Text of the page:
The driver will have to pay a $281 reinstatement fee, and the record of the suspension stays on the driver abstract/record for three (3) years.

Getting Your Vehicle Back

After seven (7) days are past, the driver and/or owner of the vehicle can attend at the auto pound to pick up the vehicle.

The driver will be responsible to pay the cost of towing the vehicle to the pound and a daily fee for storage of the vehicle, the cost will be approx. $700 or more.

The vehicle cannot be released before the 7 days except for 2 exceptions:

  • the vehicle was stolen
  • the owner can prove to a justice that the vehicle was taken without their consent

Where the vehicle is taken without consent the owner would have to apply for a legal hearing before a justice of the peace.  Usually this would take more than 7 days so there is little merit in doing so.

Appearing in Court for Stunt Driving

Set Date

Stunt charges have a first court date, commonly called by the court a “Set Date”.

A “set date hearing” is a court date for the driver to either plead guilty or not guilty to the charge.

If the driver pleads guilty to stunt driving then the justice gives the driver the penalties set for those convicted of stunt driving.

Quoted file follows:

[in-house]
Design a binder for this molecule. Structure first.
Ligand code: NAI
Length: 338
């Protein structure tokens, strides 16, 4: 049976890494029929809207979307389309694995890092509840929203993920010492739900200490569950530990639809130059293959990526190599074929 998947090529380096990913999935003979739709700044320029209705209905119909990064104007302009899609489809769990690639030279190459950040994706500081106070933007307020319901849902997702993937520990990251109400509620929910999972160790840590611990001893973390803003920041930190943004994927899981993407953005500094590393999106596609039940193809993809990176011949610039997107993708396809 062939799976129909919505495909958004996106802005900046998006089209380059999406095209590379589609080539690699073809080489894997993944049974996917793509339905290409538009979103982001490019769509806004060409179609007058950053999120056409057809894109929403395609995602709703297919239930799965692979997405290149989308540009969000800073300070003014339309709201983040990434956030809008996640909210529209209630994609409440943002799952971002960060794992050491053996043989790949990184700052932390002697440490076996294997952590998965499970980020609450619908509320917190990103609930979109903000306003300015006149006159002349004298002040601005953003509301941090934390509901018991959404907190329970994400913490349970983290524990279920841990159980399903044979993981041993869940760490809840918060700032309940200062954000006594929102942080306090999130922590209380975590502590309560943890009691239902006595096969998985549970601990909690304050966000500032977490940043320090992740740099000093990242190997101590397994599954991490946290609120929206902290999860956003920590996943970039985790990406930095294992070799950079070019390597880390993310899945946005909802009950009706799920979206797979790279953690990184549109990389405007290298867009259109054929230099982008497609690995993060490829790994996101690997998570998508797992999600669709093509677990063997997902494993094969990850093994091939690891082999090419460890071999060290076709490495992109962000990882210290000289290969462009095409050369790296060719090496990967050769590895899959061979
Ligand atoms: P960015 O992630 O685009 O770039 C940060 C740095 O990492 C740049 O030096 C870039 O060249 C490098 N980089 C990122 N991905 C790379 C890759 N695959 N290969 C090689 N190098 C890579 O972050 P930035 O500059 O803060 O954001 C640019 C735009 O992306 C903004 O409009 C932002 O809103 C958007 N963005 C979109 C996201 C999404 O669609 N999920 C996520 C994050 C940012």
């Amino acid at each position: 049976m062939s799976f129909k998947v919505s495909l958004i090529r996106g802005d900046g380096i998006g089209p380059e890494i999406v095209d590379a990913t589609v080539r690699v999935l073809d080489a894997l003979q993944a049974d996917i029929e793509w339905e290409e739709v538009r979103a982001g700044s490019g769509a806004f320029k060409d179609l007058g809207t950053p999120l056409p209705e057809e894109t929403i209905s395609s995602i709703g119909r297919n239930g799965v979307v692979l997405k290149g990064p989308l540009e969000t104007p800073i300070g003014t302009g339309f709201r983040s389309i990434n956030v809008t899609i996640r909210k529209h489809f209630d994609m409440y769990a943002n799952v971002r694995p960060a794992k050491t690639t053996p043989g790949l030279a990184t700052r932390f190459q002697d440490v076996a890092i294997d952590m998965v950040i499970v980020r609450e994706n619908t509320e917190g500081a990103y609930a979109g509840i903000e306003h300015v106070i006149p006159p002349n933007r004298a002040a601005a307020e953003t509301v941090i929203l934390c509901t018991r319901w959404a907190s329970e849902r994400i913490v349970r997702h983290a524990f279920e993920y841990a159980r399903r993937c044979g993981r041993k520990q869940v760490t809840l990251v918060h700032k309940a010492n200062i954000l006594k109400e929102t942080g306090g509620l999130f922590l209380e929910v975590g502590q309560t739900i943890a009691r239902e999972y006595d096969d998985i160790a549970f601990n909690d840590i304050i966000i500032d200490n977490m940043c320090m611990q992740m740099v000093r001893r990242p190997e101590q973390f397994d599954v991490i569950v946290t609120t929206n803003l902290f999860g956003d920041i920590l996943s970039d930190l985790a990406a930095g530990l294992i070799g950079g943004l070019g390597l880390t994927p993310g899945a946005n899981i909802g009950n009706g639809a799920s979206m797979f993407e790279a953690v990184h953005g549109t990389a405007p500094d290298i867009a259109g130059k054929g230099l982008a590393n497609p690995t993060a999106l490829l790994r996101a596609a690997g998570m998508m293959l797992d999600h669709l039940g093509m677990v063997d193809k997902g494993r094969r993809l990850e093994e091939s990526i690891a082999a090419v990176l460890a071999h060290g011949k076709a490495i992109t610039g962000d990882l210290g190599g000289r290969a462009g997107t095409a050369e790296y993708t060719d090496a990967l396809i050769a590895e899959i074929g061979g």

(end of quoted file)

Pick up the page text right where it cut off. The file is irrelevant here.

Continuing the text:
Should the driver plead not guilty or to wish to seek legal advice, then the judge would adjourn the case to another court date, commonly called a “To Be Spoken To Date” or TBST.

On the first court appearance the prosecutor will usually give the defendant or their representative the disclosure.

Disclosure is a group of documents containing the officers notes, the driving record of the defendant and any other pertinent information regarding the charge.

To Be Spoken to Dates

To be spoken to dates (TBST) are usually arranged 2-4 weeks after the set date.  During this time the driver is expected to have reviewed the officers notes (disclosure) and have received legal advice or representation.

On the TBST date the prosecutor is looking to have the driver plead guilty to the charge or set a date for trial.

Where a legal representative has been retained, the representative may discuss with the prosecutor the:

  • merits of the officers charge
  • any shortcomings or lack of evidence required
  • possible resolutions to the charge

Many times having a representative familiar with experience in negotiations, trials, law and court proceedings ensures the best outcomes.

Trial Dates

Where the stunt driving charge goes to trial the case will be scheduled after all other hearings.

On the trial date the police officer will attend and present their evidence to the court.  The prosecutor will assist the officer in presenting the case to the judge.

The prosecutors job like the name suggests is to prosecute and convict the driver of stunt driving.  The prosecutor is not in court to assist the driver, and there is no legal aid or duty counsel for traffic court.

Likewise drivers should be equally represented by a person who knows how to run a trial, rules of evidence and cross-examine a police officer.

Back to Top